Beyond the leanings of psychotherapy and the role it has played in colonizing minds through diagnosis, interpretation, and the withholding stance of the therapist, we are living in a moment in time that is defined by the erosion of truth, the assault of anything ‘different’, and vicious racism, homophobia, and transphobia.
Which leaves us with the mandate to accept that the political is the clinical and to allow the clinical to inform our political thinking. And to think about what this really means.
First, it means to start taking seriously the theorists who have been erased by Freud over time and to think about the reasons why clinical thought has been as whitewashed as it has. This means that we need to start practicing with the voices of people of color in mind, even if those voices cannot be found in traditional, academic sources. It means that we also need to seek out the voices of queer practitioners and thinkers who have long considered how to subvert the dominant paradigm of therapist as expert and client as learner.
We also need to consider that perhaps the chief learner in the therapeutic dyad is the therapist themselves. And, oftentimes, the client is indeed the educator have lived life at the margins of multiple oppressed identities. When a client comes in tears over the recent separation of children from parents at the border, do we know why they are crying better than they know? It is the sheer injustice of it? Is it the triggering nature of seeing attachments ruptured at the hands of government bodies? Is it the fear over the clients own immigration status? Is there something to actually interpret or make sense of? Is this about transference or countertransference? The fact is that we, as therapists, don’t know. And we can’t know until we simply give our clients the space to explore their own truths and to define what substantiates truth for themselves.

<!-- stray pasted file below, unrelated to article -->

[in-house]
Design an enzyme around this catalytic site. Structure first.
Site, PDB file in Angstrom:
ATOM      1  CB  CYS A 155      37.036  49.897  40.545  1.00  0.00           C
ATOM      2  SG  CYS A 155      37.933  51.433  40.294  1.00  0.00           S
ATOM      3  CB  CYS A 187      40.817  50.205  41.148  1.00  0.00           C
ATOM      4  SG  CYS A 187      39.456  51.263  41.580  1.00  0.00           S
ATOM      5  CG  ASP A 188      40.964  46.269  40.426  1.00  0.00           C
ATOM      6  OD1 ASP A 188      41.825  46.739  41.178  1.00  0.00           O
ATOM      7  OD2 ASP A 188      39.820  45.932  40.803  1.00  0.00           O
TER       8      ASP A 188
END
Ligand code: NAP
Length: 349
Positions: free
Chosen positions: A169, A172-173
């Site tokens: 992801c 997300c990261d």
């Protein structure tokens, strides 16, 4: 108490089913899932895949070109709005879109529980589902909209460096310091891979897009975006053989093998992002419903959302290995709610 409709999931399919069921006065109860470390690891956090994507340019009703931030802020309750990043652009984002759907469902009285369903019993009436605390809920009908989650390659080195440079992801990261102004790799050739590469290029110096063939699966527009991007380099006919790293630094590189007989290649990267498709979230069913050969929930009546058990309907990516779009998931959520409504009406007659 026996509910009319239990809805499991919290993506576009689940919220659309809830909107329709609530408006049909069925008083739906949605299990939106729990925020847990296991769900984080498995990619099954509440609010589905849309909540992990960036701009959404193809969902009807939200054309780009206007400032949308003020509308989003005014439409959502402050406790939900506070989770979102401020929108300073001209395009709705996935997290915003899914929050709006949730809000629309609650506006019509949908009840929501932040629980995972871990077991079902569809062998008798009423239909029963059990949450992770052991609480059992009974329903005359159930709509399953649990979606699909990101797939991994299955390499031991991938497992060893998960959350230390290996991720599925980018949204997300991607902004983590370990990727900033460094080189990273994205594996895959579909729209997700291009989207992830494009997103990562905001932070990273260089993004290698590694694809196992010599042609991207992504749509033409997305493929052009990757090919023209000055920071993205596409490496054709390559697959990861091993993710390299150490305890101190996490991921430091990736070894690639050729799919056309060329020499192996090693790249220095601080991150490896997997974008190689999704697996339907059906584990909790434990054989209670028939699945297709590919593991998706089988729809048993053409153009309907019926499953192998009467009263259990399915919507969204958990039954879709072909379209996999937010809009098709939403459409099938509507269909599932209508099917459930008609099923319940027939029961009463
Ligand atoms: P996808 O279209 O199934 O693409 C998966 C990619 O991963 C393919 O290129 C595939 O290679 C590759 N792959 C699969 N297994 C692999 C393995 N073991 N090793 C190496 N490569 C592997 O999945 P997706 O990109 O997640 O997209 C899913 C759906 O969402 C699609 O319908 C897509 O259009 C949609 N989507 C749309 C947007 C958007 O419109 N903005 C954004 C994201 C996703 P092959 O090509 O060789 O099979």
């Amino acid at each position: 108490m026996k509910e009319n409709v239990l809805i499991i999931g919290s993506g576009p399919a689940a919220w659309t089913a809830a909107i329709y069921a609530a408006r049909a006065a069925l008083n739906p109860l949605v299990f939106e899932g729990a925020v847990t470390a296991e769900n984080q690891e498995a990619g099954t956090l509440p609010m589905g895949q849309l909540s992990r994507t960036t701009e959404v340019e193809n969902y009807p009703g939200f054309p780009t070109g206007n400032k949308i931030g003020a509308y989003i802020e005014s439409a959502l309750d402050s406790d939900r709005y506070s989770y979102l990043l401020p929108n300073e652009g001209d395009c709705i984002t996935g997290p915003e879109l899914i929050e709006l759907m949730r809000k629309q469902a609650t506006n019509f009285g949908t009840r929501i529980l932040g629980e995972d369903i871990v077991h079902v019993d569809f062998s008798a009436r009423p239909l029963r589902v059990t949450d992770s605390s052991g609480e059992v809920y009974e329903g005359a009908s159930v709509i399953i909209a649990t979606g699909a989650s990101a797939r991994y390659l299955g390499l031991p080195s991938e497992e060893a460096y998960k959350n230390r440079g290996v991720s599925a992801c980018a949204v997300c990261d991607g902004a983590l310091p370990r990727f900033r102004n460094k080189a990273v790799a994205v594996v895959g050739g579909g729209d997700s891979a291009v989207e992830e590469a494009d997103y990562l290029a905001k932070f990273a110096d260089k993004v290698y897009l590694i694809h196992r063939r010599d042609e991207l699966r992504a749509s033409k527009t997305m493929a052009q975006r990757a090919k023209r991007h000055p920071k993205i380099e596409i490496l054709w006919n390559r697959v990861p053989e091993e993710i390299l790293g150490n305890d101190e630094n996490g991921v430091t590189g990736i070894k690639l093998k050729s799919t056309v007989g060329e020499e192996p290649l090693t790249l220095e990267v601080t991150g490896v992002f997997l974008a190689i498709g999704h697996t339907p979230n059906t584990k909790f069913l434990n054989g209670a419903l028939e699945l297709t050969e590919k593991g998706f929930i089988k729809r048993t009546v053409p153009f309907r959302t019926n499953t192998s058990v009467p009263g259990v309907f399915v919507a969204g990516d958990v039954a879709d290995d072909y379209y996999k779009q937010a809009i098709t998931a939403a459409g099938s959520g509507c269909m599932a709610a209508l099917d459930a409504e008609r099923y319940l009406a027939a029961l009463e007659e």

We also can’t sit there, continuously unaffected, ourselves. That is the model set forth by years of traditional psychotherapy: the fully contained and perfectly analyzed therapist sits and listens, hovering above the emotional rivers that flow within their own room. So if a client comes in not crying about what is happening at our border, can we be the one to cry?
Can we be the one to bring it up?
Can we wonder aloud about where the empathy or concern is? Traditionally, the answer to these questions is: of course not. But if we are really to respond to this political moment and the proliferation of dehumanization that is happening around us, don’t we have a clinical responsibility to say something? Isn’t it more important to feel than it is to love and work? Is it possible to love and work if we can’t feel?
We also have to wonder to what extent the ability to love and to work is possible in a world where work often means needing to mask one’s identity. And, love means building a mutual and trusting bond when many of one’s attachments have been ruptured. We need to question these fundamental treatment guidelines and goals and reconstruct wellness in favor of a client living fully, in a body and an identity that feels self-actualized and authentic. We need to reconstruct wellness in favor of a person’s inability to adjust to the world around them, rather than by adapting the travesties that surround us all. These travesties ought to be impacting us to the point of what looks like crazy, but is actually the truest possible sanity that can be achieved right now.
As always, thanks for reading and sharing! We welcome your feedback at email@example.com. To support mental health in the LGBTQ community, check out www.walnutwellnessfund.com.